The problem with Jericho is that it sees the Apocalypse as an annoying inconvenience for the American way. While the promo image of a child on a rooftop watching as a nuclear bomb detonates in the far horizon is undeniably compelling, the producers of this series have done little to capitalize on the drama that image evokes. Instead, they've opted for a derivative story premise heavy on paranoia and apple pie platitudes.
At its heart, Jericho, like most post-apocalyptic stories, is a western. The prodigal drifter (Skeet Ulrich) rides into the sleepy town of Jericho, Kansas on his prized steed (in this case, a '69 Plymouth) to claim the inheritance his grandfather left him. He of course runs into opposition from the town's mayor (Gerald McRaney) who is also the drifter's father.For reasons yet unexplained, the drifter's mysterious past is called into question. The drifter, jaded as he is, prepares to leave Jericho, but not before saying hello to the town's schoolteacher (Sprague Grayden) and briefly reuniting with his high school sweetheart ( Ashley Scott.) The drifter quickly has enough of the town, especially since it was only a stop full of memories best left forgotten, and heads west for San Diego. As luck would have it, though, his plan is stopped short when his trusty Plymouth is totalled, thanks to his and another driver's rubbernecking a mushroom cloud on the horizon.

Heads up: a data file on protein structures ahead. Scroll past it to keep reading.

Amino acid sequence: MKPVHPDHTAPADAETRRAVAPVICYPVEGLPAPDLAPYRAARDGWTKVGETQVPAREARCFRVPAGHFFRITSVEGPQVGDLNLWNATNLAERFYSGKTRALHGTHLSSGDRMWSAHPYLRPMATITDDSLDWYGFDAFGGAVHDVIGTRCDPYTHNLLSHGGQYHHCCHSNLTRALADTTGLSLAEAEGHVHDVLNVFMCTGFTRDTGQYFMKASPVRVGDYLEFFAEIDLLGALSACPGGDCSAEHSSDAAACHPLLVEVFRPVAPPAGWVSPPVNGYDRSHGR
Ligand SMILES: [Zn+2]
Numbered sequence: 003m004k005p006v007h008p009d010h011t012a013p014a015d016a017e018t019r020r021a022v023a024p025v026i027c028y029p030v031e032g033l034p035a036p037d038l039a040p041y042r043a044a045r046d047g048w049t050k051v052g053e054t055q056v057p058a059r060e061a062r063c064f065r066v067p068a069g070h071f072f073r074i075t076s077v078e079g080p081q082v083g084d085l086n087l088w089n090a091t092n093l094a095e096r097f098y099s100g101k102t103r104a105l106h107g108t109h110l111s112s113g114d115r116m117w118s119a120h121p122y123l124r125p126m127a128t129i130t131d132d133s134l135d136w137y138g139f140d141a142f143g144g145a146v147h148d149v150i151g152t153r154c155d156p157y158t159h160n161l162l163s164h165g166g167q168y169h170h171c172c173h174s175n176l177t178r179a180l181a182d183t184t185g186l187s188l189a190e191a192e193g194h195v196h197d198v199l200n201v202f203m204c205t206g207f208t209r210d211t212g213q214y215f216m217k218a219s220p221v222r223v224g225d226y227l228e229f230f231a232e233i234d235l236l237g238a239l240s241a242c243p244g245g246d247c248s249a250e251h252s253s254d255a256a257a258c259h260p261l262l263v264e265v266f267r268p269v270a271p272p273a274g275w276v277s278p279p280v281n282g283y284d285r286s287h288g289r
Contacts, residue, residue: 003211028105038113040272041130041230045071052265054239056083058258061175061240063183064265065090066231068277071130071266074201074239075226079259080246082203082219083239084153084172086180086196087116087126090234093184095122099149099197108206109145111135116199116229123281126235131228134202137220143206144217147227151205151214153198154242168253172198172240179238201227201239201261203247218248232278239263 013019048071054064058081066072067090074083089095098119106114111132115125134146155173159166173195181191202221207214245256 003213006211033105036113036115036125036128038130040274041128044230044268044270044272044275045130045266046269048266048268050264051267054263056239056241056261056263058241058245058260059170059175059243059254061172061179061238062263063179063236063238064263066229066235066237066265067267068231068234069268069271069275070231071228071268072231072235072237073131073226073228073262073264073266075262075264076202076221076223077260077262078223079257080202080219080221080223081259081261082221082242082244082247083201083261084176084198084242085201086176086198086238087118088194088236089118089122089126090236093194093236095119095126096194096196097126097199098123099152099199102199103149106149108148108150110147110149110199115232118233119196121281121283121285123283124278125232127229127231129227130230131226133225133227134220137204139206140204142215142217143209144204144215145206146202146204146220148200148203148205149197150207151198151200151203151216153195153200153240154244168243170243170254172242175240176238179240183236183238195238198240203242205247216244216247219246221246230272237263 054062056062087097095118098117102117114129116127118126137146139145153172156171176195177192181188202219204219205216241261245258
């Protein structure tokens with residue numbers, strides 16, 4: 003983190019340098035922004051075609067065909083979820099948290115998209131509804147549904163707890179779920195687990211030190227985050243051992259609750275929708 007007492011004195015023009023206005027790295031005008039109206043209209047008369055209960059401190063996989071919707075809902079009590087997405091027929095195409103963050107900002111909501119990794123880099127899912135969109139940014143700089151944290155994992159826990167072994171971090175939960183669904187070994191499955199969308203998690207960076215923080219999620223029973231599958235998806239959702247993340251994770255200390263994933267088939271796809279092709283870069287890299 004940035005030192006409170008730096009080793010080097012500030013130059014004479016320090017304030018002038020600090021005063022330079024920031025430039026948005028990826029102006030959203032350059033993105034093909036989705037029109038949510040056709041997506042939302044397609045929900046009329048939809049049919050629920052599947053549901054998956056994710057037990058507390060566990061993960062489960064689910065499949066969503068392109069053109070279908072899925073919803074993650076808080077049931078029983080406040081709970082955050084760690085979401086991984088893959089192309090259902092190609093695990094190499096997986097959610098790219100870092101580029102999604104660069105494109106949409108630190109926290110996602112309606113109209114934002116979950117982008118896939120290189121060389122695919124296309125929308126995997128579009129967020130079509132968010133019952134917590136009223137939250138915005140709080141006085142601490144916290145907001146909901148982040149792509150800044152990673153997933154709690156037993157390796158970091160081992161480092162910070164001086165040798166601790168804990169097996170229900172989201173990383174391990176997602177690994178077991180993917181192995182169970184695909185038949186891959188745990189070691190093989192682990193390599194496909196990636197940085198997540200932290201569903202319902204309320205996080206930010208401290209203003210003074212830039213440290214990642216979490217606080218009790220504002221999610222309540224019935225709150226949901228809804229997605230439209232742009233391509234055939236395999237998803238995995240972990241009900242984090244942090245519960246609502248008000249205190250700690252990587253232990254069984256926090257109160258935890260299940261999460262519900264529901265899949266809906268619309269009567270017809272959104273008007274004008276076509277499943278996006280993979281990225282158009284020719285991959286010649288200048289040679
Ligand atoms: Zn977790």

It seems Denver was nuked, but whether it was an attack or an accident is unclear, since the resultant electromagnetic pulse has left the town utterly isolated from the outside world. Jericho has become, in effect, the wilderness outpost of civilization. But the denizens of Jericho are either remarkably resilent or blissfully stupid in the wake of this disaster. Sure, there are hints of mass panic, but a few patriotic words from the mayor quickly quell any potential uprising. Even when word eventually comes (via a phone tape message) that Atlanta was also nuked, the citizenry rallies behind the mayor and his message of unity.
None of it is very compelling, much less believable. Even when word comes that Atlanta has also been hit, the citizens become momentarily jittery, but once the mayor gives yet another "We can beat anything if we all work together" speech, the populace nods unanimously in agreement. There's not one word of dissent voiced. Not one. That's not only unrealistic, it's bad writing.
The pilot does set up a few plot points that might develop in coming episodes. There is a mysterious shooting, the mayor's bid for reelection against an opponent who "has his own agenda," budding romance — oh, and those mystrerious nukes — were they accidents or were we attacked? And if so, by whom?
If the Jericho pilot is any indicator, they'd probably be well-advised to answer that question within the next six episodes.Powered by Sidelines